After breakfast, brother Eustace and the hierarch came sadly in their official robes into the lesser infirmary. Olive was there already, pale and trembling, with little Rosebud sleeping peacefully in the hollow of her lap. What a picture she looked, the wee dear thing, with the hothouse flowers from the conservatory that Clarence had brought to adorn her, fastened neatly on to her fine flannel robe! The physiologist took out a little phial from his pocket, and began to open a sort of inhaler of white muslin. At the same moment, the grave, kind old hierarch stretched out his hands to take the sleeping baby from its mother's arms. Olive shrank back in terror, and clasped the child softly to her heart. “No, no, let me hold her myself, dear hierarch,” she said, without flinching. “Grant me this one last favour. Let me hold her myself.” It was contrary to all fixed rules; but neither the hierarch nor any one else there present had the heart to refuse that beseeching voice on so supreme and spirit-rending an occasion.

Brother Eustace poured the chloroform solemnly and quietly on to the muslin inhaler. “By resolution of the phalanstery,” he said, in a voice husky with emotion, “I release you, Rosebud, from a life for which you are naturally unfitted. In pity for your hard fate, we save you from the misfortune you have never known, and will never now experience.” As he spoke, he held the inhaler to the baby's face, and watched its breathing grow fainter and fainter, till at last, after a few ininutes, it faded gradually and entirely away. The little one had slept from life into death, painlessly and happily, even as they looked.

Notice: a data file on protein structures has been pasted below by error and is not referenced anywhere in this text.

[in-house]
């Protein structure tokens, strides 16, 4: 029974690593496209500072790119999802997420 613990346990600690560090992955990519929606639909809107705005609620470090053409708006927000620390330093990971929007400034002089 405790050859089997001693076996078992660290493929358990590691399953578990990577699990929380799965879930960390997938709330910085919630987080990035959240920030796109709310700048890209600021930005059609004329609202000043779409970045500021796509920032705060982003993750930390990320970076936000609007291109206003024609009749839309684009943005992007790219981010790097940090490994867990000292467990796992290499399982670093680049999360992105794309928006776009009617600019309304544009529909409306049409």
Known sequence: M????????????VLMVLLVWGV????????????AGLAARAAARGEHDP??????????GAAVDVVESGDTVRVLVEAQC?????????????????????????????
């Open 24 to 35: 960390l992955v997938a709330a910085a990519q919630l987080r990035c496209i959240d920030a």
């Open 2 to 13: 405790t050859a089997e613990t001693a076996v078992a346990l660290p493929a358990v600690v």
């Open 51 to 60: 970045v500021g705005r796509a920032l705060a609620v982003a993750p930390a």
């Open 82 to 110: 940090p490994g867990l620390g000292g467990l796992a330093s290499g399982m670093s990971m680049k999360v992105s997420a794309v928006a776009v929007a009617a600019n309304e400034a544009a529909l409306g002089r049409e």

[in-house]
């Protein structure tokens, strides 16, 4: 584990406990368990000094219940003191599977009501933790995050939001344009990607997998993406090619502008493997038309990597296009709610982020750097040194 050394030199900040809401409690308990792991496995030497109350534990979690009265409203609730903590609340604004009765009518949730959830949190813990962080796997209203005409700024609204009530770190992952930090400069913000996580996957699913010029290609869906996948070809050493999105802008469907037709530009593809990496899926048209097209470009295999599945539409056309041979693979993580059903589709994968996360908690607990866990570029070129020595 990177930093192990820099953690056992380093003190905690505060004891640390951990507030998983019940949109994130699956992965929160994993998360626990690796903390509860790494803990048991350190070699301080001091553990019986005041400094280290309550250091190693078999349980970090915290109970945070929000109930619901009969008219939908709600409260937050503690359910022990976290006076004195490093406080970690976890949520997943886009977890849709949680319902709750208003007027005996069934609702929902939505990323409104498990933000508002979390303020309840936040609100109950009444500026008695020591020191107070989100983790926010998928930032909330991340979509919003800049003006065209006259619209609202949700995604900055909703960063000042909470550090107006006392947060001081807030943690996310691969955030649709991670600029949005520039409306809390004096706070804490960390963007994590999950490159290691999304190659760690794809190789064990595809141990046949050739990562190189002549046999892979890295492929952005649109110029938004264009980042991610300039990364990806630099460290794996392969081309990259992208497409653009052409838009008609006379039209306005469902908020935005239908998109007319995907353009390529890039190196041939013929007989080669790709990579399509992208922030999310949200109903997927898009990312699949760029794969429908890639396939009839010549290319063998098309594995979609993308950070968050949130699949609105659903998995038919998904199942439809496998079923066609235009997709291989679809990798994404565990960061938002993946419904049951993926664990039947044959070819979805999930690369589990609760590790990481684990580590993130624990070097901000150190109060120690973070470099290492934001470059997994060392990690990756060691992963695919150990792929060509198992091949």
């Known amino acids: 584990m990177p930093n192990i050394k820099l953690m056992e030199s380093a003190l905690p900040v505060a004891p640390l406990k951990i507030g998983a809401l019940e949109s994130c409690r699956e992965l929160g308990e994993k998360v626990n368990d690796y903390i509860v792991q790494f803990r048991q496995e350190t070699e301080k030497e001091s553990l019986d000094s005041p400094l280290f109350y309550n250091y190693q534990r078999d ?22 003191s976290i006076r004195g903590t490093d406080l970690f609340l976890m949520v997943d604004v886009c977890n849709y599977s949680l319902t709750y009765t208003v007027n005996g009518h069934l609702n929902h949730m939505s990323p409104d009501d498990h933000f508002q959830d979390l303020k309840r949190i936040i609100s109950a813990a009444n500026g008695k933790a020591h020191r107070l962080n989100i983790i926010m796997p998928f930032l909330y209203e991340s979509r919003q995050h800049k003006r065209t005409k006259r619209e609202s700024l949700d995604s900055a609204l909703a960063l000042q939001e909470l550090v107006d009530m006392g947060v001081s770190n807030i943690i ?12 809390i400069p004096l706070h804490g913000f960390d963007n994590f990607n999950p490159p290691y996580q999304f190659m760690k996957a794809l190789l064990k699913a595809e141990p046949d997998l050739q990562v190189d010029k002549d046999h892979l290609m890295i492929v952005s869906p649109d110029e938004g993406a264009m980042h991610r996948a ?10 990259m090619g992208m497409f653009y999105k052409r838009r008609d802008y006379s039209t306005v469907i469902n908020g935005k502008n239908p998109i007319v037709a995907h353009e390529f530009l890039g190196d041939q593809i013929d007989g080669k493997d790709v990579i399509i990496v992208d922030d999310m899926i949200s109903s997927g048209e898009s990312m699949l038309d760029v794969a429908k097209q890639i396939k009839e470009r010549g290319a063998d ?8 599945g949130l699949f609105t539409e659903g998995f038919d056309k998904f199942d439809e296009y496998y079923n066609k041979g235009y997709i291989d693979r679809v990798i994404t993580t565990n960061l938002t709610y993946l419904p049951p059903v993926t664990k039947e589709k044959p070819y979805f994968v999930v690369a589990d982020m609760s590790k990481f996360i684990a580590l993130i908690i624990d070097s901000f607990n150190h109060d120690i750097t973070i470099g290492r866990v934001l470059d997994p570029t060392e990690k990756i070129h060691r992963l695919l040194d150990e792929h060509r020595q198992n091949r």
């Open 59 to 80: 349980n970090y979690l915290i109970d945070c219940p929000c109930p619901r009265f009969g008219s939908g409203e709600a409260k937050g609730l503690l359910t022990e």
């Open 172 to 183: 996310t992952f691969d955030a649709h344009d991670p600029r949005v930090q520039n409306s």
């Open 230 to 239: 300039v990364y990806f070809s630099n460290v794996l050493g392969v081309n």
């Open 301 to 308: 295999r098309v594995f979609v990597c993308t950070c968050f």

Clarence, tearful but silent, felt the baby's pulse for a moment, and then, with a burst of tears, shook his head

bitterly. “It is all over,” he cried with a loud cry. “It is all over; and we hope and trust it is better so.”

But Olive still said nothing.

The physiologist turned to her with an anxious gaze. Her eyes were open, but they looked blank and staring into vacant space. He took her hand, and it felt limp and powerless. “Great heaven,” he cried, in evident alarm,“ what is this? Olive, Olive, our dear Olive, why don't you speak ? ”